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The Recycling Concerto creating a smash out of trash

Composer Gregor A Mayrhofer and percussionist Vivi Vassileva have taken everyday waste, from plastic bags and bottles to coffee capsules, and written a concerto for our rubbish times

The rustling of plastic bags is not usually a sound that is tolerated in an otherwise silent concert hall. On this occasion, the noise was coming from the musicians, rather than the audience.

The unmistakable timbre is featured throughout Gregor A Mayrhofer’s Recycling Concerto, a new work recently premiered by percussionist Vivi Vassileva and the Britten Sinfonia at Snape Maltings as part of Aldeburgh Festival.

Composers have a habit of incorporating unlikely items into their orchestration: Mahler famously added cowbells to his Sixth Symphony, Malcolm Arnold’s parodic A Grand, Grand Overture is scored for four rifles, three vacuum cleaners and an electric floor polisher and Laura Bowler’s Houses Slide requires the pianist to ‘play’ a crinkly high-vis jacket. Mayrhofer included the plastic bags for their symbolism as well as their tone – the Recycling Concerto is a powerful aural and visual statement about our impact on the environment.

A distinctive tinkling dances over the orchestra. Vassileva is pouring Nespresso capsules and bottle-tops on to the xylophone, merging old and new soundworlds. She moves between ‘proper’ percussion and newly invented instruments, such as hanging ceramic flower pots, each painstakingly tuned. While the water-bottle marimba and kitchen utensil kit look like something from Blue Peter, they are capable of surprisingly complex music. Vassileva’s virtuosic cadenza – in which the percussionist taps, flicks and drags two plastic bottles – has everyone, including her colleagues in the Britten Sinfonia, on the edge of their seats.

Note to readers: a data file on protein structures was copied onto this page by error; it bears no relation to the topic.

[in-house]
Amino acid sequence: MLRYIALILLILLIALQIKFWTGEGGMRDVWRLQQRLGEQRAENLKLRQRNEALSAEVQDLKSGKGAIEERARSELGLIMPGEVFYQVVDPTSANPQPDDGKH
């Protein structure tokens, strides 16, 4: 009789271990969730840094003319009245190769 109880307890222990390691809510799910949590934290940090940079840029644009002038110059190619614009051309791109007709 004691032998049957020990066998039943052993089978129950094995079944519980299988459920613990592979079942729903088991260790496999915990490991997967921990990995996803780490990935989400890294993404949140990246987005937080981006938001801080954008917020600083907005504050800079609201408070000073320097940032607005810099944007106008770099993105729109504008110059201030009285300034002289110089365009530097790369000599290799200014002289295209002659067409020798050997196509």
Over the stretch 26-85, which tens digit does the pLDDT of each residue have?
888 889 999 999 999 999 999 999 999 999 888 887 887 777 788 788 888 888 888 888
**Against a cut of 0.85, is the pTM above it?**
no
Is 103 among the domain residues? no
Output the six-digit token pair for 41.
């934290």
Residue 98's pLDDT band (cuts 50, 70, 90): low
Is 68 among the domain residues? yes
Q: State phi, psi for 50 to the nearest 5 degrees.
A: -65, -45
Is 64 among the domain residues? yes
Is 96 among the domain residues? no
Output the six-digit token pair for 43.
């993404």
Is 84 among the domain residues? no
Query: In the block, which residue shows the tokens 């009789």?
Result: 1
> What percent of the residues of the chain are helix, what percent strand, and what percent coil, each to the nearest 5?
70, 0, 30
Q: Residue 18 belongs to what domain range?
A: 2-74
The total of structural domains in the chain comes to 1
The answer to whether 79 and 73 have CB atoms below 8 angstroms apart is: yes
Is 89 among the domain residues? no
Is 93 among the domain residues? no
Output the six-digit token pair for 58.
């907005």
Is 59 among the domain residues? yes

Interview with Gregor A. Mayrhofer and Vivi Vassileva

The Recycling Concerto will sound different in the next place it is performed. Mayrhofer asks his soloist to build new percussion in situ, using local rubbish. Although the piece is about waste in general, it also highlights the cost of musical instrument manufacture, something that is slowly revealing itself as an industry sore. 

Many instruments are made from scarce materials, and the use of rare trees such as African blackwood (for clarinets) and rosewood (guitars) is a particular concern. A collective of musicians including cellist Steven Isserlis and violinist Tasmin Little are campaigning to raise awareness of the plight of the pernambuco (also known as brazilwood), which has been favoured by bowmakers for centuries due to its unusual ability to hold a fixed curve. Illegal deforestation has meant that pernambuco is now an endangered species and Brazil’s Atlantic Forest, the tree’s native and only habitat, has shrunk to just six per cent of its original size. 

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In 2018, over 20,000 violin bows made with illegally logged wood from the black market were seized. It’s likely that without interference, the pernambuco could be wiped out within a decade. Trees of Music aims to plant 50,000 pernambuco saplings and train 70 farmers to cultivate sustainable pernambuco.

Music and nature have always gone hand in hand, but lately it feels as though the two have renewed their wedding vows. The pastoral landscapes created by the likes of Beethoven and Vaughan Williams were imbued with birdlife. Bird calls inspired Mahler (who references the cuckoo in the first symphony), Messiaen (whose extensive field recordings fed into his piano works) and now Roderick Williams, who mimics the flapping of turtle doves in the Knepp Piano Trio, composed to commemorate the successful reintroduction of the species to the Knepp Estate. 

A second movement has been added to the work, which was just premiered by the Stradivarius Piano Trio as part of Shipley Arts Festival in Sussex. It pays homage to Knepp Castle Estate’s rewilding programme, with references to the wild boar and sunrise over the campsite. The trio follows on from Helen Ottaway’s Wild Storks, which was composed to mark the first wild hatching of the birds at Knepp back in 2020.

Claire Jackson is a writer and editor

This article is taken from The Big Issue magazine out this week. Support your local vendor by buying today! If you cannot reach your local vendor, you can still click HERE to subscribe to The Big Issue today or give a gift subscription to a friend or family member. You can also purchase one-off issues from The Big Issue Shop or The Big Issue app, available now from the App Store or Google Play.

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